“Thirteen point freaking one”
October is a great time to run a half marathon. It’s cool, the trees are beautiful – who am I kidding, half marathons are a blast, any time of year.
I myself just ran one of my favorites, the Fargo mini marathon. It was a perfect fall day, challenging course, and a pretty fast pace, leaving me more spent and fatigued than a usual half. My mind instantly shifted to my recovery plan.
It made me think about running recovery. Most runners focus on everything leading up to the race, from nutrition and supplements to weekly mileage goals and speedwork, yet many have a plan for an important part of race day: recovery after the run.
Those 13.1 miles take a toll, even on the most seasoned runner. Post-race recovery is crucial to keep your mind and body feeling good hours, the next day, even the next week after a half marathon. Here are my five recovery tips after a successful 13.1.
Get Your Hydrate On
Whether you grab a bottle of water at the finish or bring your own sports drink, post-race hydration is crucial. Even if you hit a couple water stops along the course, you still have a lot of fluid to replace.
Proper hydration extends beyond immediate post-race too. You’ll want to hydrate all day after a half marathon. This will help prevent nasty headaches, cramping or excessive muscle soreness, even lead to better sleep that night.
Some people can eat slices of pizza, down a carton of chocolate milk, even pack in ice cream right after a race. I am not one of these people. Immediate post-race is the one time in my entire life that food is not appealing to me. But I know the importance of a post-race snack for recovery so I always make it a point to find something after the race. A small bagel, a banana or a small cookie is usually my jam. Just enough so I’m not running (ha, running, get it?) on empty too long.
That being said, remember the key word here: snack. Don’t go overboard on the post-race snack. Depending on the time of the race, you’ll probably eat a normal breakfast or lunch soon.
Lower Body Love
I know, I know, it’s easy to forget to stretch after a workout. It’s even easier to neglect it after a race. All the excitement, getting your medal, meeting up with family – before you know it you’re home, and you haven’t taken care of those hams and glutes that just worked so hard.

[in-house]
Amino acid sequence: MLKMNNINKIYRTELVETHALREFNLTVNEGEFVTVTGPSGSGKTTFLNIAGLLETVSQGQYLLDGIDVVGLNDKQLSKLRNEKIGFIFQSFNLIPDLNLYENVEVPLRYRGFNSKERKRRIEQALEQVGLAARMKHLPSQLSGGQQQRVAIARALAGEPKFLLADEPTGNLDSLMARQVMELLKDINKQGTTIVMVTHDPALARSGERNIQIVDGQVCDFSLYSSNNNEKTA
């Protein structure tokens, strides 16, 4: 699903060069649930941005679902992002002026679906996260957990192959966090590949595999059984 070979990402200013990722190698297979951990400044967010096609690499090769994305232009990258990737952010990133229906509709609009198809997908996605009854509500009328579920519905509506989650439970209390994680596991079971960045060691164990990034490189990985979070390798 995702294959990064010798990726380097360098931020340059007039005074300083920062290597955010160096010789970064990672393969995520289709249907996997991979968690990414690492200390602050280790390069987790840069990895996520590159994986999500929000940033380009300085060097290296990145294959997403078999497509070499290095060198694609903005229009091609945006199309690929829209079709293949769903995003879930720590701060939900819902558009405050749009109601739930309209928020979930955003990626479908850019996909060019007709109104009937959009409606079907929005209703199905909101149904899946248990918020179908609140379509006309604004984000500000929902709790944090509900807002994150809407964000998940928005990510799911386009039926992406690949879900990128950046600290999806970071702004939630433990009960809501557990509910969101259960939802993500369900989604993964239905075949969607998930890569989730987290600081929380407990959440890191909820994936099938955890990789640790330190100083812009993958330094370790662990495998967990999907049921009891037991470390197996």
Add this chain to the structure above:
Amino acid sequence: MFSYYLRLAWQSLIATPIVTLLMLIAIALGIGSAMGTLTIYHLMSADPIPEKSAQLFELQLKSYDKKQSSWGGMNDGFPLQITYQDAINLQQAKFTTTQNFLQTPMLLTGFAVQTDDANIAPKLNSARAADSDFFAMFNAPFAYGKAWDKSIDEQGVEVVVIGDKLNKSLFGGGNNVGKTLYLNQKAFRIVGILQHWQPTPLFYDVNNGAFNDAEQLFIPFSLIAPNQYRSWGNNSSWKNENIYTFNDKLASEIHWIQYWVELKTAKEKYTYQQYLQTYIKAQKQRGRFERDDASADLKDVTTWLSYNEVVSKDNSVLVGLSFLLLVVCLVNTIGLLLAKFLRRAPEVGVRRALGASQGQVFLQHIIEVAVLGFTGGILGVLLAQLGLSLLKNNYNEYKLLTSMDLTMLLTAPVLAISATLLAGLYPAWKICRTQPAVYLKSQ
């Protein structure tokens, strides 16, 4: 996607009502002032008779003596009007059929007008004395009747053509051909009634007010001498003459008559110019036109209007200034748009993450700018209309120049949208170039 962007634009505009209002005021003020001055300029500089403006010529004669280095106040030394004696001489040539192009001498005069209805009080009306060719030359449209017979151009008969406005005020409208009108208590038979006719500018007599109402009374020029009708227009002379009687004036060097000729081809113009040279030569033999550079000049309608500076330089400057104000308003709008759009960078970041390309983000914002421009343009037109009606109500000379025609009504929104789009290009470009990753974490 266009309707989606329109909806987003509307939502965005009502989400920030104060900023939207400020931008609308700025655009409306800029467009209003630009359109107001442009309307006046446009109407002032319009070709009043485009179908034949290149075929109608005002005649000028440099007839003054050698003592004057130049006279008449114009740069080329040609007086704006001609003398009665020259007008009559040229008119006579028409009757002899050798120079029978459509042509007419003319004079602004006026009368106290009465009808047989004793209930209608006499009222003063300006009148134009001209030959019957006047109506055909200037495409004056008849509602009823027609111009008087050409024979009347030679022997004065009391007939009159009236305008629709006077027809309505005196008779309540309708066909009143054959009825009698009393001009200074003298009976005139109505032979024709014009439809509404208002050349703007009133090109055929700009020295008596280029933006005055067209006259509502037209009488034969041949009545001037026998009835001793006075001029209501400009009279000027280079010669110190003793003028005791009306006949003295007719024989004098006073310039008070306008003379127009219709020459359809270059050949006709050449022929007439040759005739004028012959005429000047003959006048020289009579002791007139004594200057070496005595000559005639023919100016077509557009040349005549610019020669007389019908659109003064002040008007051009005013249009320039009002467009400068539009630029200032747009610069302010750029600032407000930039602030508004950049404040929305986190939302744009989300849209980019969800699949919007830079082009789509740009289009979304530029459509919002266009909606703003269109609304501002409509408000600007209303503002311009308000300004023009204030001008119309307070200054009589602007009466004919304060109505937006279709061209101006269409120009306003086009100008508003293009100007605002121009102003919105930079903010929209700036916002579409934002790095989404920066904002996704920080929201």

Take just a few minutes for post-race stretching. Standing quad, hip flexor, and Achilles are great ones you can do anywhere. And you absolutely must lie on your back with your legs straight up in the air. It’s light on the hamstrings and feels os so good.
I don’t run in compression socks but I love wearing them the afternoon of a big race. Sometimes, I’ll even sleep in my compression socks.
The concept of compression, like rock tape, dry needling, and a host of other runner rituals, is one of those that doesn’t have a ton of real science or proof behind it. So, for most runners, it’s either something they think is bogus or it’s something they swear by. For me, it’s the difference between waking up with no soreness vs. waking up and walking around like an old lady all day. Seriously, give it a try. Then feel free to bitch at me on Twitter if you think it sucked.
Move It Move It
It’s so easy to fall into slug mode and not move from the couch all day after a race (except to pee, because you’re staying so hydrated). Do yourself a favor and go for a quick walk or two, get up and do a few chores throughout the day, just keep yourself from sitting too long.
It might seem like resting all day with your feet up will help the legs recover but keeping things moving is the best thing for beating day-after soreness. If your next day involves going down stairs, you’ll be especially grateful.
And one more tip, the most important of all – celebrate! You just ran a half marathon. You worked hard for weeks, maybe months, and you did it. #TreatYoSelf, eat a favorite meal, toss back a few drinks. Soak in your awesomeness .
Do you have questions about recovery after a half marathon? Or do you have a special recovery move you swear by post-race? Comment or tweet me, @runlikeagirl311.
This blog also appeared on the Seek Health blog.